Editorial: Compromising state

Thursday marks the beginning of Constitution Week, a celebration of the document that is the foundation of our government and its relation to all Americans. In 1955, the Daughters of the American Revolution petitioned Congress to set aside Sept. 17-23 each year for this purpose.

Wilton’s Drum Hill chapter of the DAR sent along some of the ways in which Connecticut contributed to the document that was written in 1787, and has endured for more than 200 years.

While still embroiled in the fight for independence, the Continental Congress adopted the Articles of Confederation in 1777 to bring the new states together legislatively as a federation. There were some major weaknesses, however, including no executive or judicial branches of government. States were also unwilling to give up control of trade, tariffs and taxation.

With independence from Great Britain secure, a national convention was convened in Philadelphia in 1787 to correct these problems. Recognizing the legislature’s limitations, Oliver Ellsworth, a Connecticut congressman and delegate to the convention, realized Congress needed to be made “respectable as well as responsible,” with certain powers.

Ellsworth helped do this with the Connecticut Compromise that became part of the Constitution. He and Roger Sherman, also of Connecticut, formulated the compromise which resolved a debate between the large and small states over representation in government. It provided for the two systems of representation that became the Senate and the House of Representatives. The Senate has two elected representatives per state whereas the House of Representatives delegations are based on population.

Ellsworth was a lawyer, judge, politician, and diplomat. He later became a United States Senator and the third Chief Justice of the United States.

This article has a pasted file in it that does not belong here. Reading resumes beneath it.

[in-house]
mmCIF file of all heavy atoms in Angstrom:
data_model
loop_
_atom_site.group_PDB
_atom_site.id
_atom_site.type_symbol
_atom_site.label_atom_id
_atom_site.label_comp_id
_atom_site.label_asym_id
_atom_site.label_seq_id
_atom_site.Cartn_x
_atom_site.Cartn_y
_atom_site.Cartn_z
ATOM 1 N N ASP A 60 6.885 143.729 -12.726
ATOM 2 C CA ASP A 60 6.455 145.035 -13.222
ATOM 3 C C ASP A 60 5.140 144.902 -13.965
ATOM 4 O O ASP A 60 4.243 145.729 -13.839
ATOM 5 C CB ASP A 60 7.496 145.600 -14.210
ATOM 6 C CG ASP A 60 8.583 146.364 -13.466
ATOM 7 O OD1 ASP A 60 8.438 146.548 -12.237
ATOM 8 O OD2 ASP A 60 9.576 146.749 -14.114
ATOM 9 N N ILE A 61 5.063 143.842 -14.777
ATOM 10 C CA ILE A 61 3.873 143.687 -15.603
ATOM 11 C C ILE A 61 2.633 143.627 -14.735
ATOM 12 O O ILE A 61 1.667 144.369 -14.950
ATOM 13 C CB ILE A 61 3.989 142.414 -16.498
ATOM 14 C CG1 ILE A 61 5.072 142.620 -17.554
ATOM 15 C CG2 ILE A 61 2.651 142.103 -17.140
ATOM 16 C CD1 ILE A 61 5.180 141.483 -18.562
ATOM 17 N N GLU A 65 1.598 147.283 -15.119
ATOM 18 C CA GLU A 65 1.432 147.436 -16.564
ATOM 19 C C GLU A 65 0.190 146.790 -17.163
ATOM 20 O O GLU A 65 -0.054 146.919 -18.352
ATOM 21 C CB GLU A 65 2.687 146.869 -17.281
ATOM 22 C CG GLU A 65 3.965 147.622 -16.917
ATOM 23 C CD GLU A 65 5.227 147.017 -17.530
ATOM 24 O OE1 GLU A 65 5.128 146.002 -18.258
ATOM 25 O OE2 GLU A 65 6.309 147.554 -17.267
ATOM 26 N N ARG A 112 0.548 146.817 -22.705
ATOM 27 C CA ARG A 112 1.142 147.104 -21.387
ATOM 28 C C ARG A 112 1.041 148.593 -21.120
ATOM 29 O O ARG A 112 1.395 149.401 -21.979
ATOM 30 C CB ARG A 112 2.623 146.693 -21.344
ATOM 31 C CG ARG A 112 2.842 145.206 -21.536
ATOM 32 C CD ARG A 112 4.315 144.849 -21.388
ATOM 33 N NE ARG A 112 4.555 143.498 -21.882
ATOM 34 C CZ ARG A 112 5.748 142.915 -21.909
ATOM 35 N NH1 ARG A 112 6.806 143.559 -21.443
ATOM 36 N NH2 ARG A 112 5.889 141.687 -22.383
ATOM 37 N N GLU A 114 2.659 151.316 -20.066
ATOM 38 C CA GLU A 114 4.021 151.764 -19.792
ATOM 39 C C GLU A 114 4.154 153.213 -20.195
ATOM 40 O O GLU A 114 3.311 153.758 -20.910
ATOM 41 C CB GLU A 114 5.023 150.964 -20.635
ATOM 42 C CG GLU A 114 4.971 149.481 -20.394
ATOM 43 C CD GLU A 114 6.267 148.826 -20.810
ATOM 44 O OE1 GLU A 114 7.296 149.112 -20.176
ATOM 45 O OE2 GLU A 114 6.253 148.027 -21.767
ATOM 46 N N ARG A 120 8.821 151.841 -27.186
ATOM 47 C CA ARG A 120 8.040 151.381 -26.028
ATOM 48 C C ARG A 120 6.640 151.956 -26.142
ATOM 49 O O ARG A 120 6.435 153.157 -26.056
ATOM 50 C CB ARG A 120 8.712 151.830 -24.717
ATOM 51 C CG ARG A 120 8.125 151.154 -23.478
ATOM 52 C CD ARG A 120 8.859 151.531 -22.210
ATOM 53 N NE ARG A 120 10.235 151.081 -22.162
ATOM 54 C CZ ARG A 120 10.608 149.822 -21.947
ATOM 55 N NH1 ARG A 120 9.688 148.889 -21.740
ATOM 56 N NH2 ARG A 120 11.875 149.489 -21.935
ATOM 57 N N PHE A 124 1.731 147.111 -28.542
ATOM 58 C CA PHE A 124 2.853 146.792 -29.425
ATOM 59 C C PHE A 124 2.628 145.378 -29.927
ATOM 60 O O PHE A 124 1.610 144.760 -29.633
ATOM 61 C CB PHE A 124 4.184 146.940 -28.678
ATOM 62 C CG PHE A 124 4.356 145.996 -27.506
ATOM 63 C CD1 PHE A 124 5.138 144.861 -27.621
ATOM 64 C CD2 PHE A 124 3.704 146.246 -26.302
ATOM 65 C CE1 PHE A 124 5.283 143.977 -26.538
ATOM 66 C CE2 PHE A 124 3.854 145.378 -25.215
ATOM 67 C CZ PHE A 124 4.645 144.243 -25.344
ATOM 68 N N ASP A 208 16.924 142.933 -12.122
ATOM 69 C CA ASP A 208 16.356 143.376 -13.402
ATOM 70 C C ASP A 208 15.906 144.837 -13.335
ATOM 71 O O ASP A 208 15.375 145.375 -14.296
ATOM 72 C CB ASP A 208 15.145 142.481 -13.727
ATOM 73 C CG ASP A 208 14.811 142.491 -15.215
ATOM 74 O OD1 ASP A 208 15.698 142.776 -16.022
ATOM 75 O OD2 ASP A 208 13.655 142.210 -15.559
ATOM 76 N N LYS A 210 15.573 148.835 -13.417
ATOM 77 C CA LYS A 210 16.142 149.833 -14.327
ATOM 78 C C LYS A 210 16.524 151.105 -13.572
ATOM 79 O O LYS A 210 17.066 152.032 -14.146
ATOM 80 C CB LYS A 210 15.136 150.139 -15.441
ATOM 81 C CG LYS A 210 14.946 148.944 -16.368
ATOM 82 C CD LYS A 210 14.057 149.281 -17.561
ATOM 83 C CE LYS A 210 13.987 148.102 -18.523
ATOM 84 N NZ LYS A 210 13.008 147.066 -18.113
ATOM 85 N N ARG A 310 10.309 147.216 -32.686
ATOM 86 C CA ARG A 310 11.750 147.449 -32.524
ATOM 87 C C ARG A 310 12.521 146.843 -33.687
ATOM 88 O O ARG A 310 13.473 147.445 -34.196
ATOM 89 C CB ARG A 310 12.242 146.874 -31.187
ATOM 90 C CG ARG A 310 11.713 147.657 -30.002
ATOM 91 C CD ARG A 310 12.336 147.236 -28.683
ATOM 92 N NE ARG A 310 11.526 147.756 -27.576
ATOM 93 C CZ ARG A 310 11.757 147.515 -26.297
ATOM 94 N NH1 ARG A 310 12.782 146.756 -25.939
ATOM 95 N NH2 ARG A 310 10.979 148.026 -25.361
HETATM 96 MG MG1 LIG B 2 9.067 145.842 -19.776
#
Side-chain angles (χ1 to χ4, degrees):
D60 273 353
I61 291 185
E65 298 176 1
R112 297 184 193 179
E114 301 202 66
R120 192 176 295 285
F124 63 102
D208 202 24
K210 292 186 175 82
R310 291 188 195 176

Sherman’s name appears on more American historical documents than any other Founding Father. This cobbler, lawyer, judge, and politician played a significant role not only in drafting the Constitution, but two other of America’s most important documents. He was a member of the Committee of Five that drafted the Declaration of Independence, along with John Adams, Benjamin Franklin, Thomas Jefferson, and Robert R. Livingston. He was also instrumental in developing the Articles of Confederation and the aforementioned Connecticut Compromise. Sherman was the only Founding Father to have signed the Articles of Association, the Declaration of Independence, the Articles of Confederation, and the Constitution.

The three main parts of the Constitution include the preamble, articles, and the amendments. The preamble is the introduction, the articles explain how the government works and the amendments are all the changes made — 27 so far. The preamble states the goals of the constitution. To protect the basic rights of Americans — rights which each person possesses and that are guaranteed, but not granted, by any government — the framers added the first 10 amendments known as the Bill of Rights.

One of the more unusual amendments took more than 200 years to pass. The 27th Amendment — the most recent to be ratified — concerns compensation for senators and representatives. It was put forth in 1789 and one of its most vociferous opponents was Ben Franklin, who argued public servants should not be paid for fear they would engage in “selfish pursuits.” Those in favor of the amendment believed federal office should not be the province of only the wealthy. They argued for days at the Philadelphia convention.

In essence, the amendment read that Congress could not vote itself a pay raise until the election of a new Congress took place. The amendment languished until efforts by advocates brought it into public view in 1983. Even then, it took until 1992 for approval to be recognized by both houses of Congress.

Any existing constitutional amendment can be repealed but only by the ratification of another amendment. This is such a rare occurrence it has only happened once. In 1933, the 21st Amendment repealed the 18th Amendment — better known as Prohibition — banning the manufacture and sale of alcohol in the United States.